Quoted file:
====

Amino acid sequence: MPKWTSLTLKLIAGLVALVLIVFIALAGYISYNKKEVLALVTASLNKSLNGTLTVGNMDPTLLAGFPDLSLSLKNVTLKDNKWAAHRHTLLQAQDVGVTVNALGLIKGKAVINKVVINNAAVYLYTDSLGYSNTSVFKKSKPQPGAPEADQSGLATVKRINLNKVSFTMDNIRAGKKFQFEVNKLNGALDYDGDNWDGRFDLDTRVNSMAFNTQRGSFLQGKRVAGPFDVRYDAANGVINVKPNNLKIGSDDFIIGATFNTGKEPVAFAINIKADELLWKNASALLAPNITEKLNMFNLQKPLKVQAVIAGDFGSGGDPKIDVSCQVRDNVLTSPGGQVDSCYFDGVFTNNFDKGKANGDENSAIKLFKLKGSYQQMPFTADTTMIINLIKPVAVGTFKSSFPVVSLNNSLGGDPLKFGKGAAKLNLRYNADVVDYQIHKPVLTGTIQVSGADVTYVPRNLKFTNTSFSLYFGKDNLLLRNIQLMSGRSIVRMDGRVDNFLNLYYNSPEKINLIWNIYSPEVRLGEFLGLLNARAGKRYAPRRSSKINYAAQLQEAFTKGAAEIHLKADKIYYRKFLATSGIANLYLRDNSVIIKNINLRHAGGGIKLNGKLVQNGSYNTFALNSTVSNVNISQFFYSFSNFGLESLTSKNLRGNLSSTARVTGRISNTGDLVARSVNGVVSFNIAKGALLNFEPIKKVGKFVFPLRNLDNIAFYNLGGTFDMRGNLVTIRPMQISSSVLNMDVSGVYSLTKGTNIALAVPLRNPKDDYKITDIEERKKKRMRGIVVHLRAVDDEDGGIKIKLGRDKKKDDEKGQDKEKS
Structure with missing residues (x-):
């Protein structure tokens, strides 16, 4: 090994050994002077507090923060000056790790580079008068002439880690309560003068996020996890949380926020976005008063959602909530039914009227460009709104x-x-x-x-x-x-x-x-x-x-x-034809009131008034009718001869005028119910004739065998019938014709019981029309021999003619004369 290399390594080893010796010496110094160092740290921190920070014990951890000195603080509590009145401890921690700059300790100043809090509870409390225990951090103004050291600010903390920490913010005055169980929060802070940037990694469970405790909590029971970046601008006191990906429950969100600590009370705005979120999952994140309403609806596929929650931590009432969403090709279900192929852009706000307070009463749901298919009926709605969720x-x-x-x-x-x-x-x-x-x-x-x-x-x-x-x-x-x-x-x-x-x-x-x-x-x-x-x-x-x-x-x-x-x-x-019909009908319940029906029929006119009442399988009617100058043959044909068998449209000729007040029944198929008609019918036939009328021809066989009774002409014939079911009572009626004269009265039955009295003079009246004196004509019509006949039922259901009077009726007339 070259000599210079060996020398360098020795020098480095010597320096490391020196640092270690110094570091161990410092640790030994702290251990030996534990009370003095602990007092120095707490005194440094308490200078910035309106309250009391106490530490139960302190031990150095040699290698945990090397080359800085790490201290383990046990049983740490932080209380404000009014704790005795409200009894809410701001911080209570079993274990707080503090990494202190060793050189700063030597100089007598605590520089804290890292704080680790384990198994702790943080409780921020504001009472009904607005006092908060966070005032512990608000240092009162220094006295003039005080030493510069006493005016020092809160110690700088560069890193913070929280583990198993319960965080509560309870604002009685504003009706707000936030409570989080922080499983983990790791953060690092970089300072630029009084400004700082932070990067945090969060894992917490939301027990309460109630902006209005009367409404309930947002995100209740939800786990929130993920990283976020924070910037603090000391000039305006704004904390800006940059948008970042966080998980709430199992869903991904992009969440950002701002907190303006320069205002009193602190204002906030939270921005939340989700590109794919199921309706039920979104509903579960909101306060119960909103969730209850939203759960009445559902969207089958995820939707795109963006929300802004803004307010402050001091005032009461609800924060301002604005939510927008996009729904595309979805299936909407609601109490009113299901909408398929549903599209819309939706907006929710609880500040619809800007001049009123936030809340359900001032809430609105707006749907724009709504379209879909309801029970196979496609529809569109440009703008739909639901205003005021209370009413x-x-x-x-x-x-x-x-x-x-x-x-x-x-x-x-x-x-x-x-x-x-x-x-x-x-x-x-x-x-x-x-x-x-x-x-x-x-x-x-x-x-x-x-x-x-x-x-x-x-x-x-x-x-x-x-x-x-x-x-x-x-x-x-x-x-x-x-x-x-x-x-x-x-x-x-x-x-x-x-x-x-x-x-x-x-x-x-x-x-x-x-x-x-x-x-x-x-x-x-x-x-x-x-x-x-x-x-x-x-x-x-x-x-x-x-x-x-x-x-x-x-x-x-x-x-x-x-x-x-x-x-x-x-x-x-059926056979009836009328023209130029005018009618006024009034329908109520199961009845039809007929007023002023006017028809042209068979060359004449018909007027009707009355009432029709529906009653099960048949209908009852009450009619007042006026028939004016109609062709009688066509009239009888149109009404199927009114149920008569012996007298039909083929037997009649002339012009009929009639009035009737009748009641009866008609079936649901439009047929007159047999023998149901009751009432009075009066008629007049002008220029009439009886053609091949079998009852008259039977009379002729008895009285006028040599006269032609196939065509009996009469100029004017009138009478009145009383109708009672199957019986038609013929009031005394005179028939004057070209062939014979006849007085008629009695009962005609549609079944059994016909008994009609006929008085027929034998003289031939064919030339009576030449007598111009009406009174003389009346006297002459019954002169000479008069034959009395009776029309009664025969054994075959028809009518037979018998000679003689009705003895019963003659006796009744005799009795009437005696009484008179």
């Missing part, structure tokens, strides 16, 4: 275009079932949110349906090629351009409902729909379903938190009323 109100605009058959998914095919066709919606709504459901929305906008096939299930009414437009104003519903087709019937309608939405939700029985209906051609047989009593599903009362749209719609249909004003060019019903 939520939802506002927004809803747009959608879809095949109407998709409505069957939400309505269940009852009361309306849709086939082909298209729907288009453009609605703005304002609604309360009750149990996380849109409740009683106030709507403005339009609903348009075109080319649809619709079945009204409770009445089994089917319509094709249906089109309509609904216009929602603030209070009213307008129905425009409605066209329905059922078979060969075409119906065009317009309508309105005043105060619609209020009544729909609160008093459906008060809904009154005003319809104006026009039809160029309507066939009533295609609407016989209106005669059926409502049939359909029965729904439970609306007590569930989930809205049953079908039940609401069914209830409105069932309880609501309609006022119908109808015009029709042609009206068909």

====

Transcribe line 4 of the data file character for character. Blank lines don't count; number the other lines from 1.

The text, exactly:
């Missing part, structure tokens, strides 16, 4: 275009079932949110349906090629351009409902729909379903938190009323 109100605009058959998914095919066709919606709504459901929305906008096939299930009414437009104003519903087709019937309608939405939700029985209906051609047989009593599903009362749209719609249909004003060019019903 939520939802506002927004809803747009959608879809095949109407998709409505069957939400309505269940009852009361309306849709086939082909298209729907288009453009609605703005304002609604309360009750149990996380849109409740009683106030709507403005339009609903348009075109080319649809619709079945009204409770009445089994089917319509094709249906089109309509609904216009929602603030209070009213307008129905425009409605066209329905059922078979060969075409119906065009317009309508309105005043105060619609209020009544729909609160008093459906008060809904009154005003319809104006026009039809160029309507066939009533295609609407016989209106005669059926409502049939359909029965729904439970609306007590569930989930809205049953079908039940609401069914209830409105069932309880609501309609006022119908109808015009029709042609009206068909």